Well, that was a waste of perfectly good reading time. The Keepers of Truth starts out with a mystery: a man disappears from a small midwestern town, and his ne’er-do-well do son is automatically a suspect. Bill, a reporter for the local newspaper, is on the beat but for some reason doesn’t want to cover the investigation; instead he wants to write Really Great Prose about the meaning of life and how the crime is somehow representative of the sad decline of small towns and American industry in general. Bill is a recent college graduate but comes across more like a 40-year-old suffering a mid-life crisis. The other main characters are all various archetypes of the American white male. Women are cast in subservient roles, primarily as waitresses or cheerleaders. Their breasts fall out of their blouses and they reveal their underwear with alarming frequency. Even the woman TV news reporter is objectified.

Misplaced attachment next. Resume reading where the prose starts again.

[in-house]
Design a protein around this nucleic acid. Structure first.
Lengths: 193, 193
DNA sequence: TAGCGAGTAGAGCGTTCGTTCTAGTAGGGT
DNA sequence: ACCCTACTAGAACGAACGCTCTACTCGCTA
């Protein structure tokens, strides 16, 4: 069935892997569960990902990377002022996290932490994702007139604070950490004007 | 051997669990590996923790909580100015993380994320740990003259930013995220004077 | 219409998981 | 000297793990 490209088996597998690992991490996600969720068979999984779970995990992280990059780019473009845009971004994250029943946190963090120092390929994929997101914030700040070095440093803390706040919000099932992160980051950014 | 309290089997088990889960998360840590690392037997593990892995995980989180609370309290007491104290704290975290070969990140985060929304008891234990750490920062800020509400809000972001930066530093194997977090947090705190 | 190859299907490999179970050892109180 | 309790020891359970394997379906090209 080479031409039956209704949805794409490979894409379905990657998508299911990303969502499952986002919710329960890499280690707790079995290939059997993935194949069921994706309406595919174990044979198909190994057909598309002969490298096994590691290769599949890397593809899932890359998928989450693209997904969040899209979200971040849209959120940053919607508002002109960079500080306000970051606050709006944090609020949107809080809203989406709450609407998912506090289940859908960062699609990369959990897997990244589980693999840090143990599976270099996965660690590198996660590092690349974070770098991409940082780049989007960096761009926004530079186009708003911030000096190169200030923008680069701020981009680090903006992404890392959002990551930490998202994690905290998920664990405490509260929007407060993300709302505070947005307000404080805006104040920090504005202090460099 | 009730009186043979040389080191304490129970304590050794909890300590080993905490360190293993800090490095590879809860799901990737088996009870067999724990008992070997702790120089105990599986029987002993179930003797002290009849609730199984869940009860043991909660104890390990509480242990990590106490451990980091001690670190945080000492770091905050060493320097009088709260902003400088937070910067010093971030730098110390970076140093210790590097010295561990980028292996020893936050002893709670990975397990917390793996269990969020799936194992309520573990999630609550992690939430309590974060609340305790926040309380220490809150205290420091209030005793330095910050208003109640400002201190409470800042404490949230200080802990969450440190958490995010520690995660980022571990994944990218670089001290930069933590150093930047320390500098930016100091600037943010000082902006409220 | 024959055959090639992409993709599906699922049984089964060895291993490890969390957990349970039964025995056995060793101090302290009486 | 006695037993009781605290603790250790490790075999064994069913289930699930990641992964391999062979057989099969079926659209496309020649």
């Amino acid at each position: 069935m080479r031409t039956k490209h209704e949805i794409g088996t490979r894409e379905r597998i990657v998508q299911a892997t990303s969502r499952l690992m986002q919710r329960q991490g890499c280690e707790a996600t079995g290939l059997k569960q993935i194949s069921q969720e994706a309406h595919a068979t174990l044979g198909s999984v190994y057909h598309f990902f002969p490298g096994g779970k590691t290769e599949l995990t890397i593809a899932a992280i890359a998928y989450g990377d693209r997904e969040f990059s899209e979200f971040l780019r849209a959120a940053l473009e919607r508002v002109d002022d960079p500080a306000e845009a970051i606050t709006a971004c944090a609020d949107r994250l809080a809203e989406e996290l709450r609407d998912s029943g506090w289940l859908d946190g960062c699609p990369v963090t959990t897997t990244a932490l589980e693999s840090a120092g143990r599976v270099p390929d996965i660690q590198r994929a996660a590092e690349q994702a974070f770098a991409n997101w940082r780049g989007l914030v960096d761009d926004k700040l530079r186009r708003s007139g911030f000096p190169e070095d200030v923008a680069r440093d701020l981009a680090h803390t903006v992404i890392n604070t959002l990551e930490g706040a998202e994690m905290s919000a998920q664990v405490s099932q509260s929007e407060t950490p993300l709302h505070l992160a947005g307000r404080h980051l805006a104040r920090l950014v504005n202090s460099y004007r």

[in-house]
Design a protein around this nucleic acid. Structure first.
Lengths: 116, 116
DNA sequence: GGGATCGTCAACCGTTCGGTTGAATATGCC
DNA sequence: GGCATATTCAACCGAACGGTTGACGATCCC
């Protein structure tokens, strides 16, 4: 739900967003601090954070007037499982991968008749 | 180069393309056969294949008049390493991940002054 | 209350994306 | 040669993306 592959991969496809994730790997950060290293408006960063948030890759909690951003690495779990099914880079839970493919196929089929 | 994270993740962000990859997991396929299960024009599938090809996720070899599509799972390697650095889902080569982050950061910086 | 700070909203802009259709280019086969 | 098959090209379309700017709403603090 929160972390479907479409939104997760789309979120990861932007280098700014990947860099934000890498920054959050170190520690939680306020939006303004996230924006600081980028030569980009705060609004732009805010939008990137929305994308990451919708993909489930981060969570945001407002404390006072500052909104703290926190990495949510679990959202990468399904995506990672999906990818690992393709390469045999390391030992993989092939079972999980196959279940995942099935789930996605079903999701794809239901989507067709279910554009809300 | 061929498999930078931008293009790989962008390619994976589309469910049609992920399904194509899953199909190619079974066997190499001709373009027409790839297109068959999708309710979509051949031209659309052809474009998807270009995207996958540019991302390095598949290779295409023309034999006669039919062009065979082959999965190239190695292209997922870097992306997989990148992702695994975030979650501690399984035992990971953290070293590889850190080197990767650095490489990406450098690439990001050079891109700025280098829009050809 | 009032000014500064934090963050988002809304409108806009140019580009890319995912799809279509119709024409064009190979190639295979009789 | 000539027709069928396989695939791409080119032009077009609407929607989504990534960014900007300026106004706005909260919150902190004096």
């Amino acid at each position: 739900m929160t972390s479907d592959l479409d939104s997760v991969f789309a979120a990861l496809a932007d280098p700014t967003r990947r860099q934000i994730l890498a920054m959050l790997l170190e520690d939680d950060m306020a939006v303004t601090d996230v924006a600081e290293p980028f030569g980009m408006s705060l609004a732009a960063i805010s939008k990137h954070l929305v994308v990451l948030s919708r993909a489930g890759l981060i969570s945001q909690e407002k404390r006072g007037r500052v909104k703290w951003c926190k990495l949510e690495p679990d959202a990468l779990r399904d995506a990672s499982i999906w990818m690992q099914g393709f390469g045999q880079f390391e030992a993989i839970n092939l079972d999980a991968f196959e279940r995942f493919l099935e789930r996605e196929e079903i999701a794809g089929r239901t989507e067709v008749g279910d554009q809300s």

As if that weren’t enough, the story darts all over the place. Bill is on the scene reporting the crime. Bill pines after his former girlfriend. Bill spends all night in a diner, several nights in a row (how does he go to work the next day? Beats me). Bill decides to prepare for law school again having failed the first time. Bill pines after his girlfriend again. Bill joins the police chief in rounding up rowdy high school students cruising the main drag.
All that in just over 80 pages. By then I’d had enough. The Keepers of Truth was nominated for the 2000 Booker Prize, competing against a field that included The Blind Assassin (which won), The Deposition of Father McGreevy, English Passengers, The Hiding Place, and When We Were Orphans. Go read one of those instead.